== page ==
Inequality in accessing vaccines is not acceptable, says Seychelles' President
Ramkalawan spoke of the importance of a vaccination strategy for the economic progress of Africa at the summit. (State House)
(Seychelles News Agency) - As long as Africa is denied access to the COVID-19 vaccines, the restrictions on businesses will continue to affect relief efforts, Seychelles' President Wavel Ramkalawan said in his inaugural address at the AU summit for heads of state and government on Saturday.
According to a press release, Ramkalawan spoke of the importance of a vaccination strategy for the economic progress of Africa at the summit, taking place from February 5-6 in Addis Ababa, Ethiopia.
"The disparity and inequality in accessing vaccines is not acceptable! It is an injustice and it is morally wrong to accept that in February 2022, only 10 percent of Africa have been fully vaccinated."
Ramkalawan furthermore stressed the importance of peace, security and governance as foundations to enable further progress and socio-economic development of Africa.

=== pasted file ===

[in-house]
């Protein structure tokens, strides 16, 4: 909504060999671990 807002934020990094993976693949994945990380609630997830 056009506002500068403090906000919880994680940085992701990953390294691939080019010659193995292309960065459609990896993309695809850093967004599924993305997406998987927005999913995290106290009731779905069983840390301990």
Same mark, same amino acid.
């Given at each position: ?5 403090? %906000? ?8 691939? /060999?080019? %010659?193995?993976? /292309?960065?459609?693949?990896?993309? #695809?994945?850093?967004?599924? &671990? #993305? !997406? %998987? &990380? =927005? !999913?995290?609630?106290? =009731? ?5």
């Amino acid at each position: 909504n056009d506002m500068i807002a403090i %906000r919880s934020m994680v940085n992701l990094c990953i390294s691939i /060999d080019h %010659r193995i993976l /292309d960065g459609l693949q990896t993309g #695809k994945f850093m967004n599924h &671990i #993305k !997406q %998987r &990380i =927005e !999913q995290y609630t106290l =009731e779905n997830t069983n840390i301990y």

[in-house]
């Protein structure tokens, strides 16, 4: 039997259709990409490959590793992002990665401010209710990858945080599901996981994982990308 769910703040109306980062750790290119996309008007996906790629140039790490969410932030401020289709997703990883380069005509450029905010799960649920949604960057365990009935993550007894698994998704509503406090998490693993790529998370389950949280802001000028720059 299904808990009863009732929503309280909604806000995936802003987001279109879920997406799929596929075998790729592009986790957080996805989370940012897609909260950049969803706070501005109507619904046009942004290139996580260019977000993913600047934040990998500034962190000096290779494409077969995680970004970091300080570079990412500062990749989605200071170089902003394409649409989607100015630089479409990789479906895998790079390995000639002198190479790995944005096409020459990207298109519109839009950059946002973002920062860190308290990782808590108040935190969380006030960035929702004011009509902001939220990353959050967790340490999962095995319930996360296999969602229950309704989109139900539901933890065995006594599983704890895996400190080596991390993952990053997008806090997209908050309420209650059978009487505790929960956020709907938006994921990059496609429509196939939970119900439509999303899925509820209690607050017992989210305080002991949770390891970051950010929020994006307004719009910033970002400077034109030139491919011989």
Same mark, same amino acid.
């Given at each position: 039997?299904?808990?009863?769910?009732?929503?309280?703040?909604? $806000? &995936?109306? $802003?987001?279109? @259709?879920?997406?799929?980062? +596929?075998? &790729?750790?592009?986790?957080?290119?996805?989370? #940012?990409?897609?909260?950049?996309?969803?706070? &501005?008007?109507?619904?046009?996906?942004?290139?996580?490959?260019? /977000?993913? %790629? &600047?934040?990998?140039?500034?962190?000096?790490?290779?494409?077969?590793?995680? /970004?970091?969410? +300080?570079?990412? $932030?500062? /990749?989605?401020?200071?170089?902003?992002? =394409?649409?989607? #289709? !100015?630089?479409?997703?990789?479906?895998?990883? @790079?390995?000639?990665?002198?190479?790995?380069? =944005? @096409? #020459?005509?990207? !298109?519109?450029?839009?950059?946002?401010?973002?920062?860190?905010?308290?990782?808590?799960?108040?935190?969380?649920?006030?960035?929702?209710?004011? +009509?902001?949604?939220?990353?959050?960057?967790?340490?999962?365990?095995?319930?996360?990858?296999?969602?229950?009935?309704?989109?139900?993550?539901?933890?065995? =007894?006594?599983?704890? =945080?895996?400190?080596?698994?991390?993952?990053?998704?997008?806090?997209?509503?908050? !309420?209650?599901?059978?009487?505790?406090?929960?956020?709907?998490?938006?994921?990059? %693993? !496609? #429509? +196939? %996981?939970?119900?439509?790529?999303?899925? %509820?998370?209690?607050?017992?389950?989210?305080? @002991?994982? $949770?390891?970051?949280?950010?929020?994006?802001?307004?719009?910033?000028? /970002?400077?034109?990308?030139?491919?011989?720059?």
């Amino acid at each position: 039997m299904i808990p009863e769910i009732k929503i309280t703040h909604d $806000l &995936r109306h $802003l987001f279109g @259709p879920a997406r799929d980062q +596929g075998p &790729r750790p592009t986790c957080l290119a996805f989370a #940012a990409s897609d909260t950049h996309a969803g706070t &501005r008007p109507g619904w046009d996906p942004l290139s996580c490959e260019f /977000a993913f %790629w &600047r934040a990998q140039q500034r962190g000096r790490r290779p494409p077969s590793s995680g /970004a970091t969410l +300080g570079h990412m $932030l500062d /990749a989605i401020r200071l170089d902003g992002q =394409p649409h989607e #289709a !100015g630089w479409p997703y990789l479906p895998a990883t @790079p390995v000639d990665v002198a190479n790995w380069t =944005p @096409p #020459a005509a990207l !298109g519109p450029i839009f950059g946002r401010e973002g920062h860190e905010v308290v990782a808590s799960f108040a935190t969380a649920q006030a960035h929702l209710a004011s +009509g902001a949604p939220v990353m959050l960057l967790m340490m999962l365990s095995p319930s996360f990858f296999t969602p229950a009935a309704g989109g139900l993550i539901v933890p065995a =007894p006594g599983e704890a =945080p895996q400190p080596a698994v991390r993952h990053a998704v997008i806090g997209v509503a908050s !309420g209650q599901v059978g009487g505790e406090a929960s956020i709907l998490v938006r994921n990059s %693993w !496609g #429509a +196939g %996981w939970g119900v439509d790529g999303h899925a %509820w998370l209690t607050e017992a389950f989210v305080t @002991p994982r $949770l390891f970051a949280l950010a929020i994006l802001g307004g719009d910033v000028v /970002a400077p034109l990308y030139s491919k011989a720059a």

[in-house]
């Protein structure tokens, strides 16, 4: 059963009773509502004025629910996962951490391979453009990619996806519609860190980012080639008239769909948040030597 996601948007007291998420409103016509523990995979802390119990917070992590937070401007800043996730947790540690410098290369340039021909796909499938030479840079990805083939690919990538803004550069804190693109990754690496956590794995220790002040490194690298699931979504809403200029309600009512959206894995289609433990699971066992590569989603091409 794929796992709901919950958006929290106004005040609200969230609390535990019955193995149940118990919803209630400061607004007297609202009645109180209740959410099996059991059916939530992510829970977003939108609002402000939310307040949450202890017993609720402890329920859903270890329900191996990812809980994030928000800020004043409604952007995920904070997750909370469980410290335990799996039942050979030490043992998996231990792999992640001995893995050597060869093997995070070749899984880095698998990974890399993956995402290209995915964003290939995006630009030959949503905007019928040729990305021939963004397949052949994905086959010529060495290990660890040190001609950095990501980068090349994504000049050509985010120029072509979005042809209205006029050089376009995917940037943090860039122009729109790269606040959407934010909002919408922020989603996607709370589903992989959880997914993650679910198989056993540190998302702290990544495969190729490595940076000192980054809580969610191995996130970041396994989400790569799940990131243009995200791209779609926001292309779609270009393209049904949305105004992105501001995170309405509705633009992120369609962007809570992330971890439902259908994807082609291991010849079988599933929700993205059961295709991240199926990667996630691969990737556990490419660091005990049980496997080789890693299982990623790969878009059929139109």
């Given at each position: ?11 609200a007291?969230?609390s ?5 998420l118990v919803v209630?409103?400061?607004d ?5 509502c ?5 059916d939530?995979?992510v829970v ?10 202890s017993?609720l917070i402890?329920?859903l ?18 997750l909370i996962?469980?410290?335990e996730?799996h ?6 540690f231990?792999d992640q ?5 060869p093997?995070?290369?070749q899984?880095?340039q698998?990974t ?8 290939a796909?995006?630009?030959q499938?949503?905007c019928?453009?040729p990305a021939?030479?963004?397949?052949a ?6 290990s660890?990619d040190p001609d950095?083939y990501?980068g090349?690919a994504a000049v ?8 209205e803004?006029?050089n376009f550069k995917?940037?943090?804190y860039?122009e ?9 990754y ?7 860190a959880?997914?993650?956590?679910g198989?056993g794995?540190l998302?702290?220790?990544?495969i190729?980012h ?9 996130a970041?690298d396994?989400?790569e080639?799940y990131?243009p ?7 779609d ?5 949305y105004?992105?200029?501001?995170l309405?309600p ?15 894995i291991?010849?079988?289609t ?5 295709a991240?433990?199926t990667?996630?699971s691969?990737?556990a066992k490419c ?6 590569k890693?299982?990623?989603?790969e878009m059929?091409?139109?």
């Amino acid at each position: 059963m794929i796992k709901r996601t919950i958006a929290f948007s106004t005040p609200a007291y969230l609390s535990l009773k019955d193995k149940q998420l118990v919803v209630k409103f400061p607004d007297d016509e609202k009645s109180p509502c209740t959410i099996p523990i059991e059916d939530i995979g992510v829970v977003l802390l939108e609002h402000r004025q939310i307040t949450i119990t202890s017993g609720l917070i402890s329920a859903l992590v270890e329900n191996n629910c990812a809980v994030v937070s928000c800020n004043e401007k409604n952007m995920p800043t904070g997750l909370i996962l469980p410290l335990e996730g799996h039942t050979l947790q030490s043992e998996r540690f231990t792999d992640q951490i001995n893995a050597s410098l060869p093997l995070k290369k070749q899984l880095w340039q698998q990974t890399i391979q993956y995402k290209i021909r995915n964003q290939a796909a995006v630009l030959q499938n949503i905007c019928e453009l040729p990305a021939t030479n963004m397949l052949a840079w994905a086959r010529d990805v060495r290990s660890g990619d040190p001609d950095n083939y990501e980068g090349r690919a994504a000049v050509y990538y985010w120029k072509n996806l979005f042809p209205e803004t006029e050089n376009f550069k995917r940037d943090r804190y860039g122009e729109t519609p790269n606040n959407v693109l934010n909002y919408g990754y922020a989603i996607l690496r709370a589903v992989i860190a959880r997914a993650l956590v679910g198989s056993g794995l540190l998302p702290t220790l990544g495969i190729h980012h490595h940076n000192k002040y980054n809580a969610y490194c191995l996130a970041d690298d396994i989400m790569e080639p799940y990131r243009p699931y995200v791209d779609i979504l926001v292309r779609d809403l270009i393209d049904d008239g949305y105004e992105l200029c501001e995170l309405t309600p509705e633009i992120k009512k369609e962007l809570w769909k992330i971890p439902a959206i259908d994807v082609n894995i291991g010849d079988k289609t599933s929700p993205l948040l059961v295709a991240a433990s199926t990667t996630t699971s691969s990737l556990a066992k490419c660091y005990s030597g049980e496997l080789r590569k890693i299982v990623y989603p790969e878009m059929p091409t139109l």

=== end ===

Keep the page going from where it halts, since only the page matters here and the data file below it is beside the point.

"These are being undermined by conflicts, strife, insurgencies and terrorist activities on our continent. Not only must they be resolutely condemned, but they must, with equal vigour and determination, be combated and eliminated. Let us therefore collectively work towards the vision of an Africa that is free from conflict while allowing her children to live in peace and harmony," he said.
Ramkalawan talked about the threat that climate crisis poses for the survival of the planet especially for coastal and island nations like Seychelles, a group of 115 islands in the western Indian Ocean.
"With populations, agricultural lands and infrastructure along the coastal zones, any rise in sea-level will have significant and profound effects on our very existence. If the present situation persists, we will suffer disproportionately with some of our islands disappearing. SIDS are victims; we refuse to pay the consequences for the irresponsible acts of others," he said.
Ramkalawan concluded that it is "not too late for all of us to act on the risks we face to protect humanity. More than ever, I am convinced that the African Union has the political will and commitment to lead by example."